Robben Island (robben is Dutch for “seal”) is a stunning sanctuary within sight of Cape Town. This vantage point affords spectacular views of Table Mountain and its famous roiling “table cloth” of clouds. Visitors from around the globe arrive at Robben Island on a modern ferry equipped with refreshments and video entertainment. Plentiful bird flocks play in the surf and a charming village is marked by a guest house and a church built in the pleasing Cape Gothic architectural style. (Click on the photo of Table Mountain on the left for a slideshow of images.)
This picturesque beauty, however, belies the island’s three centuries as a place of extreme isolation and harsh punishment. Home to thousands of outcasts from lepers to criminals, military prisoners and finally, political dissidents from the apartheid era, its most famous prisoner is, of course, Nelson Mandela. He spent 18 of his 27 years incarcerated there, along with many others, including current South African president, Jacob Zuma, whose own stay lasted a decade.
Constitution Hill, site of Johannesburg’s Old Fort and a warren of prisons located in the heart of downtown, provides a marked contrast to Robben Island. No splashy surf or inspiring view fool one into thinking this is anything but a place to deprive people of their humanity.
Separate prisons within the Constitution Hill complex divided women from men, and blacks from whites, but not hardened criminals from conscientious objectors. The women’s prison, built in 1907, was a model of innovation at the time, using British penal reformer Jeremy Bentham’s two-story “roundhouse” design to put prisoners under the constant watchful eye of authorities. Bentham’s theory remains the basis of prison architectural design today.
Now Constitution Hill is a National Heritage Site and the seat of South Africa’s 17-year-old Constitutional Court, the highest in the land. The site was chosen to serve as an intentional and bold reminder of the country’s transgressions under apartheid. These included horrific prison overcrowding that led to unsanitary, debilitating and dangerous conditions; divisive food rations where the blacker the skin the less was given; and a wide range of humiliations such as depriving women of undergarments and forcing new prisoners to dance naked in the yard.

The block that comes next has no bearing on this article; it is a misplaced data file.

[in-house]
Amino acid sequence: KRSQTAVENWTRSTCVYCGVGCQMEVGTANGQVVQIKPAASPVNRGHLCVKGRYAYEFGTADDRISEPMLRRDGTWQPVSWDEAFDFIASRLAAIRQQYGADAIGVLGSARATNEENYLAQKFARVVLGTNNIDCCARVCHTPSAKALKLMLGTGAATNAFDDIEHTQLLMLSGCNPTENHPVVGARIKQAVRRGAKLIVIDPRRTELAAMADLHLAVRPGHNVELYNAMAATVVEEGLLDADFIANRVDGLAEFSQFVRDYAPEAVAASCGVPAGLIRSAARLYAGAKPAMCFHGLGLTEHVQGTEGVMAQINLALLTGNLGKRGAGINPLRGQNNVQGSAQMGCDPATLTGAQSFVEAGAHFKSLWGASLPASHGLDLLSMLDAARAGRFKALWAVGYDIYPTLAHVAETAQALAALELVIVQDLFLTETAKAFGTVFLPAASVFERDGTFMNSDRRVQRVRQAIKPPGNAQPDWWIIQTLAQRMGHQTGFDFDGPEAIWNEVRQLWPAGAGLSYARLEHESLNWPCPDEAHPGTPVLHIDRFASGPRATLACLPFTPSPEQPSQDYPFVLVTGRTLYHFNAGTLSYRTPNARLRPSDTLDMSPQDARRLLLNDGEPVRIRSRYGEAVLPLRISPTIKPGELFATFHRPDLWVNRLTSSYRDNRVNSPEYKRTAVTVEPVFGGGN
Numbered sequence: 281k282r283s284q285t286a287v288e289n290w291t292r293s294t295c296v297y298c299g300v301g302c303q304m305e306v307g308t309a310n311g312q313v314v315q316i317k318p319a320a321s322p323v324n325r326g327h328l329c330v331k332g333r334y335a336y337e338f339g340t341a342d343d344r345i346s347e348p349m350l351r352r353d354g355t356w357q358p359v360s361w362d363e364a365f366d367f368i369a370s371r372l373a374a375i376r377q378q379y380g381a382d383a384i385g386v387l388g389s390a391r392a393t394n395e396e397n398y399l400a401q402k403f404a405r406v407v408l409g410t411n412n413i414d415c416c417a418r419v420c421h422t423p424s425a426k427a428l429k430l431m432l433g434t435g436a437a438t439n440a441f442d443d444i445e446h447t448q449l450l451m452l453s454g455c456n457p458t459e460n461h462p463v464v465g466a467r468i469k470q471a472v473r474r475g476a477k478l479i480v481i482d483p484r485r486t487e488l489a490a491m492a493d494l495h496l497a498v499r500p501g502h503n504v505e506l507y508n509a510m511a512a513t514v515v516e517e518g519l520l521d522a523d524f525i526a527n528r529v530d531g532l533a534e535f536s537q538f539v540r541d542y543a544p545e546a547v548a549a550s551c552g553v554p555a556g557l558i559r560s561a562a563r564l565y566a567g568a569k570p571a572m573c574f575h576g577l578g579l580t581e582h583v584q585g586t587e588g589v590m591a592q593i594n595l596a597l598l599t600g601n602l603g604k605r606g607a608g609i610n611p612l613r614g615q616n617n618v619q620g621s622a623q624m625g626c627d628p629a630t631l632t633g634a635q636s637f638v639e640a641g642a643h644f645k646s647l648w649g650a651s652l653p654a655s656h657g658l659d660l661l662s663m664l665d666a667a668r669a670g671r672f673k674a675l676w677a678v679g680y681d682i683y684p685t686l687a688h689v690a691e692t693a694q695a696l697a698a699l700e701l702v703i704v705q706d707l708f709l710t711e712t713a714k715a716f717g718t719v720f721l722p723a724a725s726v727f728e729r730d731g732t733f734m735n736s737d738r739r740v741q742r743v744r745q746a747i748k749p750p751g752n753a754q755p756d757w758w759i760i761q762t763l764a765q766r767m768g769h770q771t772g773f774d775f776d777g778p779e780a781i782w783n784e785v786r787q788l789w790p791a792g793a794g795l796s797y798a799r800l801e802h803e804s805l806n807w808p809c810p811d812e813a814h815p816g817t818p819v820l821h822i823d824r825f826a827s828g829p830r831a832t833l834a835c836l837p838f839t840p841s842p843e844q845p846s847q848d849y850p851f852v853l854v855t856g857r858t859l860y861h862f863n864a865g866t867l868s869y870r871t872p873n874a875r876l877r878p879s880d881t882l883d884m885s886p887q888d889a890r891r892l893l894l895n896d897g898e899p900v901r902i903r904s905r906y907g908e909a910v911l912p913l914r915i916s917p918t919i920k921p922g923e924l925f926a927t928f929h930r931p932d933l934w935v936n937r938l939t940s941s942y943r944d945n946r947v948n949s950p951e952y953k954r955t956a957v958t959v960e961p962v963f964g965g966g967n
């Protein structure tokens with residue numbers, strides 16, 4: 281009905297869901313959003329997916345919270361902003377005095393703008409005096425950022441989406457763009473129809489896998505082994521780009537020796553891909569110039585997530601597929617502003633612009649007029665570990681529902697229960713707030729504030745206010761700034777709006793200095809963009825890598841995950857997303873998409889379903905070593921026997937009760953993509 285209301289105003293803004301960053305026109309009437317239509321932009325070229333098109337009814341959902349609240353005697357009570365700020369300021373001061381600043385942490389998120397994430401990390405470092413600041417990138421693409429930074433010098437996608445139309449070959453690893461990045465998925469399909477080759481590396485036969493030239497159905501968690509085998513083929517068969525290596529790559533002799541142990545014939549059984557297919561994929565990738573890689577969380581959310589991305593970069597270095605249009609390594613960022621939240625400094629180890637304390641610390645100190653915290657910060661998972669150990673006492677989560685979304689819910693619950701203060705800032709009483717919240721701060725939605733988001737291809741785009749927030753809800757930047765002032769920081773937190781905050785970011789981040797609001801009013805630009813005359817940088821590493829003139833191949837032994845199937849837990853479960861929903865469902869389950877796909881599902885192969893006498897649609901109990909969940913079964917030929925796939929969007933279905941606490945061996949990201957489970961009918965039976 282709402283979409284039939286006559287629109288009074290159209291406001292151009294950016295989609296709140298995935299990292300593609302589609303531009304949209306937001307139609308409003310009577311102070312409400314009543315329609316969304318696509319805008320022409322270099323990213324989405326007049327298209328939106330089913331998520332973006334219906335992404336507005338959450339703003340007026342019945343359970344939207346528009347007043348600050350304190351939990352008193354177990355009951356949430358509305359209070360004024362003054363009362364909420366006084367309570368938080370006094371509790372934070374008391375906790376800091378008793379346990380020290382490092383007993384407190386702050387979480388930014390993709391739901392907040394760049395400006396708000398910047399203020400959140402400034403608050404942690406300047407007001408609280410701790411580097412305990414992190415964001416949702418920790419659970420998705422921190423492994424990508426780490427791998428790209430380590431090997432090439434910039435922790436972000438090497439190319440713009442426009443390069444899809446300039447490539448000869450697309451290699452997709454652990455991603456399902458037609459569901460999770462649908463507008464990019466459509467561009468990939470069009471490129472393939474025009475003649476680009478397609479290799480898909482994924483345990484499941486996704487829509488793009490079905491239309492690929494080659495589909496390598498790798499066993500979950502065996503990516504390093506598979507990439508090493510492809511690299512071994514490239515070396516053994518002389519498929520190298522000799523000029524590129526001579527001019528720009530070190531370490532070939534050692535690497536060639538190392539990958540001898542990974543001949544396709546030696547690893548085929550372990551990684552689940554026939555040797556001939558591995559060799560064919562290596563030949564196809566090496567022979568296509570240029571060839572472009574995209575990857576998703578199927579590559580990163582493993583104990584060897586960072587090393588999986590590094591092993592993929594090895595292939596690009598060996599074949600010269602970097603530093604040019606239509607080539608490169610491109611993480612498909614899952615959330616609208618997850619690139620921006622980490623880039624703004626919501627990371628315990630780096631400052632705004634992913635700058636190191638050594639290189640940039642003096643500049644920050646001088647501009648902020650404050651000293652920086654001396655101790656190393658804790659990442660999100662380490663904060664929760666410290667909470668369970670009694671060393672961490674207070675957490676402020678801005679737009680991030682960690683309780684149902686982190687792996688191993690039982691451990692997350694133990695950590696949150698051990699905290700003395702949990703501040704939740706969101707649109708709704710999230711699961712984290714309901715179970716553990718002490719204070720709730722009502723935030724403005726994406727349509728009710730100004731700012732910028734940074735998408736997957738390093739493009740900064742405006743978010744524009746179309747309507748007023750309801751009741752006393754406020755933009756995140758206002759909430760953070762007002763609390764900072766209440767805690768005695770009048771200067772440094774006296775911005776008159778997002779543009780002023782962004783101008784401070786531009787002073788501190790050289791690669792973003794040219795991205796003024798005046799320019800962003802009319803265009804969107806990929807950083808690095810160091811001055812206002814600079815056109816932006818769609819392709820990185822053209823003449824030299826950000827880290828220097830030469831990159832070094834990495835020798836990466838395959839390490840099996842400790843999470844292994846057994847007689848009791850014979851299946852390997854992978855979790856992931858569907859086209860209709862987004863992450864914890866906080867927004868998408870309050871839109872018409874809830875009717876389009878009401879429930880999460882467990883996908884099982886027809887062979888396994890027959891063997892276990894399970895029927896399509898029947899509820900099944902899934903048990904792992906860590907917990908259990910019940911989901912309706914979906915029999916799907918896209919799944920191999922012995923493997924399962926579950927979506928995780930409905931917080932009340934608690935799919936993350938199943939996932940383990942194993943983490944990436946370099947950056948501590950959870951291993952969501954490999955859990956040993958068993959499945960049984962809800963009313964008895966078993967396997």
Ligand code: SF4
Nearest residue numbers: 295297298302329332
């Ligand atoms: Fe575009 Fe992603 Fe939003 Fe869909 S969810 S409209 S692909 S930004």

As many as 2000 black South Africans were sent to the prison daily, including Africa’s first Nobel Peace Prize laureate Albert Luthuli, Pan-Africanist leader Robert Sobukwe (also held in solitary confinement on Robben Island), in addition to Mandela. Even Gandhi served time in the black male prison known as Number 4, for protesting Pass Laws in the 1950s. But many more were non-activists, incarcerated for minor violations, such as making beer.
What’s so instructive – while at the same time so deeply unsettling – about visiting these former prisons is the immediacy of their history. Unlike many memorials and museums dedicated to human atrocities, South Africa’s tortuous past is too recent to offer any relief. Although Robben Island’s prison history began at the end of the 17th century, its most poignant period under apartheid ended just 17 years ago. The tour guides are among its former political prisoners, who convey first-hand the systematic brutality and degradation they experienced there.
The prisons of Constitution Hill, I was somewhat relieved to hear, were closed in 1983, 11 years before the official end of apartheid. I was in college at the time, first learning that such a thing existed. But the tour guide’s clarification quickly dispelled my hopeful assumption: the prison wasn’t closed out of recognition of its inhumanity, but simply because, in its dilapidated condition, it was too costly to maintain.
After having gone to Robben Island, I hesitated visiting Constitution Hill – after all, how much cruelty can one person bear? In the end though, I’m glad I did. As I looked up at the puffy white clouds easing gently by just beyond the barbed wire overhead, I thought that I must never forget that human cruelty is not a thing of distant history; it is a possibility alive and present in every moment. It is our awareness of its terrible consequences that helps us choose something different. This Mandela learned, taught, stood for and modeled for his country. Let us all be students of the lesson.
This piece is the third in a series on South Africa by leadership expert and consultant, Rebecca Reynolds. Reynolds works with leaders, explores leadership issues and contexts, and writes on leadership lessons. This series will explore leadership themes from her South Africa trip. Reynolds may be reached at RebeccaReynoldsConsulting.com. Previous posts: part I, part II